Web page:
Putting bacteria to work
Ask most undergraduates if they’re interested in factory work, and you’ll get puzzled looks. But what if the “factory” was E. coli bacteria and the “work” involved creating libraries of enzymes to lower antibiotic resistance or fight cancer?
Welcome to Dr. Gavin Williams’ lab, where students get hands-on research experience the moment they walk through the door.
Williams, an assistant professor of chemistry, is interested in drug development. He wants to use a harmless laboratory strain of E. coli to produce molecules that can be used as anti-cancer, anti-microbial and anti-viral drugs. E. coli is easy to grow in a laboratory and often used in DNA-related research but doesn’t usually produce any molecules of medicinal value.
Nature makes complex molecules by putting different types of enzymes into assembly lines, just like a factory assembly line builds a car. Each assembly line of enzymes can build molecules with desirable qualities, such as the ability to stop bacterial growth or kill cancerous cells. Scientists often try to mimic these natural processes using many chemical reactions in traditional drug development.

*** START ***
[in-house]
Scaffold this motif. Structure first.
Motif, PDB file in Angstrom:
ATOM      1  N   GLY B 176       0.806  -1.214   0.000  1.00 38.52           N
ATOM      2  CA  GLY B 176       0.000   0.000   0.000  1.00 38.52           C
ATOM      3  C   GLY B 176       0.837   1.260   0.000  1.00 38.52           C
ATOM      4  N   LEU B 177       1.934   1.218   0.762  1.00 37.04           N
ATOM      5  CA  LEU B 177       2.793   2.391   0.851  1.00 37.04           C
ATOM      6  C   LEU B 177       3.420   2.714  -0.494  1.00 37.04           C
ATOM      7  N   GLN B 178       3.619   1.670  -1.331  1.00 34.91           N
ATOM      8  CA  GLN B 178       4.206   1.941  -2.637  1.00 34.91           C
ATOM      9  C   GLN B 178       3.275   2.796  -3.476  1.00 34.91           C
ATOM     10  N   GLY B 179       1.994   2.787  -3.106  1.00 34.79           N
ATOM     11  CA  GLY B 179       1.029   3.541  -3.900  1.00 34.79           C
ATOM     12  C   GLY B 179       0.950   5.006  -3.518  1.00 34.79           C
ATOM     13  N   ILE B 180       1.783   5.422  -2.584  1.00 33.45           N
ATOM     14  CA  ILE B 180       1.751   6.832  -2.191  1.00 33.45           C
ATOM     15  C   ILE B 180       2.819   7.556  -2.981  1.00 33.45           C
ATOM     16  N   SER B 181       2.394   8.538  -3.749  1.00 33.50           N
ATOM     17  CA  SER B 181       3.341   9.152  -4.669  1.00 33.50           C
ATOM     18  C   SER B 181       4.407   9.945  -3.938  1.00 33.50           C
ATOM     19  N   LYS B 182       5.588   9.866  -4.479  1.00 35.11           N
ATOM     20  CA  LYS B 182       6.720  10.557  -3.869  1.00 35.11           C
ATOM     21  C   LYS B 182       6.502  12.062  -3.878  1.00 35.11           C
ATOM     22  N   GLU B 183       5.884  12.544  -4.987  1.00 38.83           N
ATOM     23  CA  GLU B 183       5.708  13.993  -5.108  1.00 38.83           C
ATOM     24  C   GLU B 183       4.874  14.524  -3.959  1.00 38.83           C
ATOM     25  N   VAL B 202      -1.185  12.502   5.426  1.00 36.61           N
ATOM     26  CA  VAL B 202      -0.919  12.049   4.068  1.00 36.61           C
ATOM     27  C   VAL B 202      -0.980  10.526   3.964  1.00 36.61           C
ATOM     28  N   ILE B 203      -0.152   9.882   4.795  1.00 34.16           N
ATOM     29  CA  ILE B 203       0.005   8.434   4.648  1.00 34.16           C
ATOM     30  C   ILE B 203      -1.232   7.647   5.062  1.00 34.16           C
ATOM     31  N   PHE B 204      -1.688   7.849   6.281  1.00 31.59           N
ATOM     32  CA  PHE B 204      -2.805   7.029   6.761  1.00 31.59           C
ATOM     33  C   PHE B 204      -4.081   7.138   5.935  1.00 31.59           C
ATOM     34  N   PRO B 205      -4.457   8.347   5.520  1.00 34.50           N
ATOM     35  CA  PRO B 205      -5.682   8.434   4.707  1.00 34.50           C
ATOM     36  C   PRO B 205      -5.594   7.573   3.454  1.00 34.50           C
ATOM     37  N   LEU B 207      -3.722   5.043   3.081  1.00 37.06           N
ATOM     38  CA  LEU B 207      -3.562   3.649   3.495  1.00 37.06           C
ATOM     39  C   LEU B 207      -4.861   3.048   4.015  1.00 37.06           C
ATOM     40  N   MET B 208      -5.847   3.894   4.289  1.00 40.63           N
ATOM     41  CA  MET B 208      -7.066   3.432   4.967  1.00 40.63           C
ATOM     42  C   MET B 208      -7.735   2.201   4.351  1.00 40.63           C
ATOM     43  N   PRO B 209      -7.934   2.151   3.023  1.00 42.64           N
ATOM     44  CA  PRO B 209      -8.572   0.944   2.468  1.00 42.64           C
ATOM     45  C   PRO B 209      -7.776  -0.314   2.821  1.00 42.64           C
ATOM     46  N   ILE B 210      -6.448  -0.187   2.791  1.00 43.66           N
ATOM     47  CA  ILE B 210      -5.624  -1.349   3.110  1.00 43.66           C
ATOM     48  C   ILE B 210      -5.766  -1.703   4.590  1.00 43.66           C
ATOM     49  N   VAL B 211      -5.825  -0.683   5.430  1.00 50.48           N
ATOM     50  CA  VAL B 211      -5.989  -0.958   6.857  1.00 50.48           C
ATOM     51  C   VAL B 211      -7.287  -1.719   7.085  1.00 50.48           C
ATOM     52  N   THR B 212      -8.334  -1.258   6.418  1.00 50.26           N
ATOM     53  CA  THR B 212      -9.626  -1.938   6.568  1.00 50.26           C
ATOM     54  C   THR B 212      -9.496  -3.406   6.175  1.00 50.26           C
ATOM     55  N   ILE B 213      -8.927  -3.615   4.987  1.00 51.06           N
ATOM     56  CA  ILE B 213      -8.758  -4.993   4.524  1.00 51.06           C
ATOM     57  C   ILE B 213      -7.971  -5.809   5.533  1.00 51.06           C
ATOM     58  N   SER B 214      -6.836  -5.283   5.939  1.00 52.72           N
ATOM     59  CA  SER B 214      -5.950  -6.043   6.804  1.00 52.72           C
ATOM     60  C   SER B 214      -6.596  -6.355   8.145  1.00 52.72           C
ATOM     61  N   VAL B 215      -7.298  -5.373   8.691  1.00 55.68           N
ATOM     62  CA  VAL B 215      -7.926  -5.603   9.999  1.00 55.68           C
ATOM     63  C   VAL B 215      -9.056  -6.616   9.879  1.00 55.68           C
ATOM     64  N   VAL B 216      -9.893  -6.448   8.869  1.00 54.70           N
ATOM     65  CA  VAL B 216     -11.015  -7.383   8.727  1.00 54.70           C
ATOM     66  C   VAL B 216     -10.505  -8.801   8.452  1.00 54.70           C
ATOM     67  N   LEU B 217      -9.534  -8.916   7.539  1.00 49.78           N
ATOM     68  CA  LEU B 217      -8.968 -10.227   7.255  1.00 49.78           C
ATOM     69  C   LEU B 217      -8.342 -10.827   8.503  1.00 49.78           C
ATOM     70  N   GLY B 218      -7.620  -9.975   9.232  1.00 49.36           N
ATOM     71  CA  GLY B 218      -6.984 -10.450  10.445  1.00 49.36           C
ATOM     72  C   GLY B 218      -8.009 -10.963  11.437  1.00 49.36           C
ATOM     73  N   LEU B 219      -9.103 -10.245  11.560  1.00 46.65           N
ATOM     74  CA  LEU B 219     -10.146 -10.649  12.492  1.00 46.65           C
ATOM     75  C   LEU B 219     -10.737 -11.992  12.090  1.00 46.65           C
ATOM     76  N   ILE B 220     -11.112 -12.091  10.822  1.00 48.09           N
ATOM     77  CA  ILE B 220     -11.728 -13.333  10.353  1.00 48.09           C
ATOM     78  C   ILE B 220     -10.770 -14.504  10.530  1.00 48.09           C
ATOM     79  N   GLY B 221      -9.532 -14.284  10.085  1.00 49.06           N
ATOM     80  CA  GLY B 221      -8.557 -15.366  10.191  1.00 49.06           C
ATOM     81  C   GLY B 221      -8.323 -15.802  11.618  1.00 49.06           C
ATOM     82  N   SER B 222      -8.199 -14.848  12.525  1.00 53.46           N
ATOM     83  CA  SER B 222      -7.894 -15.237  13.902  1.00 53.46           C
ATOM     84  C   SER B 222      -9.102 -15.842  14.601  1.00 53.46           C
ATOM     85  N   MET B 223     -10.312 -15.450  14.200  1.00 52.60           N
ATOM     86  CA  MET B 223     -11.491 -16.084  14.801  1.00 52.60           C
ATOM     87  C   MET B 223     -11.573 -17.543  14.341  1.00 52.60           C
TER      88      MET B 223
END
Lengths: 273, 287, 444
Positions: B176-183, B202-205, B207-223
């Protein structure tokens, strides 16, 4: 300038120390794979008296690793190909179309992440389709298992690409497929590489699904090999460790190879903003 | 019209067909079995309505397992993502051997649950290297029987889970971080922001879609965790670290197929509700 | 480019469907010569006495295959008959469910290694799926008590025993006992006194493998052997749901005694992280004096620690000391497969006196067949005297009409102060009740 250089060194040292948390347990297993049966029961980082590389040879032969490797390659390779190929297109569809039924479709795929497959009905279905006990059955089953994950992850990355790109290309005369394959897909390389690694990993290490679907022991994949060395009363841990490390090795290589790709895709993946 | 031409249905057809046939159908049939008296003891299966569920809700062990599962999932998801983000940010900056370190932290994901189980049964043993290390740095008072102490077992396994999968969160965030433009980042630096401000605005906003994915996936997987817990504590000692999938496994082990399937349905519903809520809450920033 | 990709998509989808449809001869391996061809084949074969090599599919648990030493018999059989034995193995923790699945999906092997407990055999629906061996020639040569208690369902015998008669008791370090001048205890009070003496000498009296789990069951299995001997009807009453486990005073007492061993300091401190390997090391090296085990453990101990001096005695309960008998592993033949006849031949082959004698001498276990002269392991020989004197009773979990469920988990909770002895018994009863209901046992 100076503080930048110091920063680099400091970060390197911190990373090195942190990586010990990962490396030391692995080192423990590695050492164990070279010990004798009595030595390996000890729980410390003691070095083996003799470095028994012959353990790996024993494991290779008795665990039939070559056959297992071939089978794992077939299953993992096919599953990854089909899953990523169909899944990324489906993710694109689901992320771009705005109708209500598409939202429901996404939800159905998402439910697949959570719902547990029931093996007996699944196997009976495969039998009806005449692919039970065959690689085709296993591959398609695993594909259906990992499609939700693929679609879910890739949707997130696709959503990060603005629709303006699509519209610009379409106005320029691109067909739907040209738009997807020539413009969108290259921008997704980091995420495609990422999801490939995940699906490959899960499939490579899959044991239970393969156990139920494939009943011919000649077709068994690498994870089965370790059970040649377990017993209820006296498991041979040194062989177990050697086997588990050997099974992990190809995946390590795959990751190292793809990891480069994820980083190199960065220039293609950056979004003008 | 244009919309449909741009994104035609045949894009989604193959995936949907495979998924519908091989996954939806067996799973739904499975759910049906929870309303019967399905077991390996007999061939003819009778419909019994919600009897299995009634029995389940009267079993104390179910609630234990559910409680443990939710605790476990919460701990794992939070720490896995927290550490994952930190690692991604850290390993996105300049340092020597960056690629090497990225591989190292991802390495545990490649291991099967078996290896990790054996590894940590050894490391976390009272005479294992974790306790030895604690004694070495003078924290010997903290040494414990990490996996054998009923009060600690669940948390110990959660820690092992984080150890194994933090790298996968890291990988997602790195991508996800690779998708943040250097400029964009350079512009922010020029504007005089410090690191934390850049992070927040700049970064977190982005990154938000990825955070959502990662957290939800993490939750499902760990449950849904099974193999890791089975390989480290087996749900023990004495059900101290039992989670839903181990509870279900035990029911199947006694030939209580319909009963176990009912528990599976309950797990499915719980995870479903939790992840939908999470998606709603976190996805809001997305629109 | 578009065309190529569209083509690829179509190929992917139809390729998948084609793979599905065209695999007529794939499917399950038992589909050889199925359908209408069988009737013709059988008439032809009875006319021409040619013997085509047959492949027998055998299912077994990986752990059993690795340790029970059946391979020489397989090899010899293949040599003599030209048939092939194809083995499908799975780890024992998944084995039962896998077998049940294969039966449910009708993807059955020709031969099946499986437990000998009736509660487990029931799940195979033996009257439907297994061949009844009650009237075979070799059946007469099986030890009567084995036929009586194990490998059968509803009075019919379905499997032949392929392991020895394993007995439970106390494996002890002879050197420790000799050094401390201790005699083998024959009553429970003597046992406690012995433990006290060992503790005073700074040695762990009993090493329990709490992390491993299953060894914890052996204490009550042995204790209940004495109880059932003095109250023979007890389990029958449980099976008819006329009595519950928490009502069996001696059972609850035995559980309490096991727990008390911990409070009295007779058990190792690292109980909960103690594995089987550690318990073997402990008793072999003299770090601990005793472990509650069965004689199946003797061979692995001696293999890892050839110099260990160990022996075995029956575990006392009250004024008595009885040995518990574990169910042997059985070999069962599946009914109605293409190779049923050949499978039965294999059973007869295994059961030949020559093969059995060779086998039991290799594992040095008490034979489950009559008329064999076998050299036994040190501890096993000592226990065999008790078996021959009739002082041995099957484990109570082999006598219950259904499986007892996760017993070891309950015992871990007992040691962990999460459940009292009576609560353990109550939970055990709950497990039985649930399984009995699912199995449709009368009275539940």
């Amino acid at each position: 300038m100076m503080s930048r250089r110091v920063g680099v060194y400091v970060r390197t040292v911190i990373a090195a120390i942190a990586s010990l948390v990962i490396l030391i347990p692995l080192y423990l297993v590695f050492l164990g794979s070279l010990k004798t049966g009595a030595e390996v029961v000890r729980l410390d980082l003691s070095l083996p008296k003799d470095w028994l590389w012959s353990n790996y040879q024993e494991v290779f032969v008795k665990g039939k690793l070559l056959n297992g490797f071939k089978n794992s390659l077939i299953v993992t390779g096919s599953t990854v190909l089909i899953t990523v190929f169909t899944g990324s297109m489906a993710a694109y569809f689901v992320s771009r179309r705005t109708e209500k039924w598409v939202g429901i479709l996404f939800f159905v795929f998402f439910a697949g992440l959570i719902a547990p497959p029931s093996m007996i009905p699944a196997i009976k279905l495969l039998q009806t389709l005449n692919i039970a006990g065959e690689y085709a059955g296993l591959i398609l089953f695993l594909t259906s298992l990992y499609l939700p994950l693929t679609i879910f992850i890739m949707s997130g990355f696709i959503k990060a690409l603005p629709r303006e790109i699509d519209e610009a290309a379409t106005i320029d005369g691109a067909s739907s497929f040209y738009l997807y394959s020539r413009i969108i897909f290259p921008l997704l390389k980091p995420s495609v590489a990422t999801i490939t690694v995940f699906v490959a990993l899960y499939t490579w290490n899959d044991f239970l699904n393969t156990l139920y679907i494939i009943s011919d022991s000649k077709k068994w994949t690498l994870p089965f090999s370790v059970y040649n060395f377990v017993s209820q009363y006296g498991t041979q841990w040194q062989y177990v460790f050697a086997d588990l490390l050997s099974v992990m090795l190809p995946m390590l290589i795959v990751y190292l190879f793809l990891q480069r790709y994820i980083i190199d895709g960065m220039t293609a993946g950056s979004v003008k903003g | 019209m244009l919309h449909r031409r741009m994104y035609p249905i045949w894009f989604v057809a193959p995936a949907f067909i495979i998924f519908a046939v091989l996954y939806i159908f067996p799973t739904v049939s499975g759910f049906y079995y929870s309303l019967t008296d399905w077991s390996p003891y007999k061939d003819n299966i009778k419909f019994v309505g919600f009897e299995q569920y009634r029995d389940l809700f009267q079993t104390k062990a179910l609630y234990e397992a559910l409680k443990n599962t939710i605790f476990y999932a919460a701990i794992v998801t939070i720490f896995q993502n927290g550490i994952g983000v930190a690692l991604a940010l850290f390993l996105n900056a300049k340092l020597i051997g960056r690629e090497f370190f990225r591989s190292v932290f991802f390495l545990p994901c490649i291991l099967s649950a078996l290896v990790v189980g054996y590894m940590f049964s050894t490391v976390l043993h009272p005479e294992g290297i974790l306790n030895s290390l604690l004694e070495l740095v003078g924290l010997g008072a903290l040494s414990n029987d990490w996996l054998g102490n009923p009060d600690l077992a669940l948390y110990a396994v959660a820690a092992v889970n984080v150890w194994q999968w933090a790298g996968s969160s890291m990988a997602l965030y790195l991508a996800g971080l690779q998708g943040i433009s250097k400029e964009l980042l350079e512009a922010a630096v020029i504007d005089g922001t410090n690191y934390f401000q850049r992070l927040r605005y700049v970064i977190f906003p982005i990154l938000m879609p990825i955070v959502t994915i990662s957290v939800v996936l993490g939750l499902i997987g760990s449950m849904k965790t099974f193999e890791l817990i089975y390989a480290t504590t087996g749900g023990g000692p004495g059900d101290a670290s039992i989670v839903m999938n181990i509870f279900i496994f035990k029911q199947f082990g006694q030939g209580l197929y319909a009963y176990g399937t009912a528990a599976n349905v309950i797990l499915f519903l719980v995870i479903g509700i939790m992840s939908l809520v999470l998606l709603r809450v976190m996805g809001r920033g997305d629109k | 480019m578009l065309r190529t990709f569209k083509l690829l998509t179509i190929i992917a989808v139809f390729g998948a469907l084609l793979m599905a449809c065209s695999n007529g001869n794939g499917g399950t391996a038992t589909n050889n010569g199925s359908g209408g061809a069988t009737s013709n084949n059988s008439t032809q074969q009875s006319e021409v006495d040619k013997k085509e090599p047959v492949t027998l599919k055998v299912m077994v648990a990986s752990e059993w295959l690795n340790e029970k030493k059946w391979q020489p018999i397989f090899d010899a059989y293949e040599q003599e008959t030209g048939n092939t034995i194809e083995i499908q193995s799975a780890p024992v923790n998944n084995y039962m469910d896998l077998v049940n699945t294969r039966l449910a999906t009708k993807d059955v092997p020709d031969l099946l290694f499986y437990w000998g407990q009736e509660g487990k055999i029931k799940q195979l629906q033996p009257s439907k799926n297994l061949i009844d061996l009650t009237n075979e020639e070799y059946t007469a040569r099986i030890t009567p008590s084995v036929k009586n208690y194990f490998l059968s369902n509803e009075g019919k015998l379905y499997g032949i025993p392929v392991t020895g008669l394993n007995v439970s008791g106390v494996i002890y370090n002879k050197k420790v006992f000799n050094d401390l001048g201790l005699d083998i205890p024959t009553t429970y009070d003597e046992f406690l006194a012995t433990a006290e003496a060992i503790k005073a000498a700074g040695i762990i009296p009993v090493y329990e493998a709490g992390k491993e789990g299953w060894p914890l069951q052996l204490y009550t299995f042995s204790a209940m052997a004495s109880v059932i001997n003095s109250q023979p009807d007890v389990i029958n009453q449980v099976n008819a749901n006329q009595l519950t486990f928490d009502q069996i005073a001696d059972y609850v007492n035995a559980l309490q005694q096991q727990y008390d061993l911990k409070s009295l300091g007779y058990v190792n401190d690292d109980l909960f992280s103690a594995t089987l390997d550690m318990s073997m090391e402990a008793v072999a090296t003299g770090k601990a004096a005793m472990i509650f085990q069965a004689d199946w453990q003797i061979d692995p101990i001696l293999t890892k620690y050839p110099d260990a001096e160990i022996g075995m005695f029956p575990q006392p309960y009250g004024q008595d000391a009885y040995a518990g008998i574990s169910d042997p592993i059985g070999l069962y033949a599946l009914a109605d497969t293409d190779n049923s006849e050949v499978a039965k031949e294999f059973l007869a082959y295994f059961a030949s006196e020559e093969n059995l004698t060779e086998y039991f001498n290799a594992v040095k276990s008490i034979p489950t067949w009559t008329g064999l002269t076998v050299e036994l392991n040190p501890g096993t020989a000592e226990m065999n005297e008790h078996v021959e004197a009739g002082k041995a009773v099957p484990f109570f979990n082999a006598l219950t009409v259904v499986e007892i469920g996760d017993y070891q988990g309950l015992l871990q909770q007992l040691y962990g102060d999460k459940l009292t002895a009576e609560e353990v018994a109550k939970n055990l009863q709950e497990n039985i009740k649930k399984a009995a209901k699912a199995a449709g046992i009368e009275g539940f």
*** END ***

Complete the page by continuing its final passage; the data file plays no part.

Williams and other chemists have found a shortcut. They go straight to the source — DNA — and pull out the particular genes that encode the enzymes they’re interested in. They then put the genes they want inside E. coli bacteria, where the genes are decoded into enzymes that self-assemble to create the assembly lines needed for drug development.
Students play a big role in the research, which is funded by the National Institutes of Health and the National Science Foundation. Matthew Draelos and Taylor Courtney, both undergraduates working in Williams’ lab, said they were encouraged to jump in and work alongside their assigned graduate student mentors, Irina Koryakina and Sean Lund, respectively.
“I came to NC State because I knew I wanted to do research and had learned that there were many opportunities to do undergraduate research here,” Draelos said. “What captured my imagination about Williams’ research was that it’s both basic research and it’s medically relevant — we’re creating enzyme ‘mutants’ that have practical uses in creating new drugs.”
As each year passes, students in the lab get more leeway to pursue projects that will contribute to the research.
“You are definitely a full member of this lab — not just an assistant or someone who takes care of the supplies,” Courtney said. “And you’re definitely ready for graduate school or research work when you graduate.”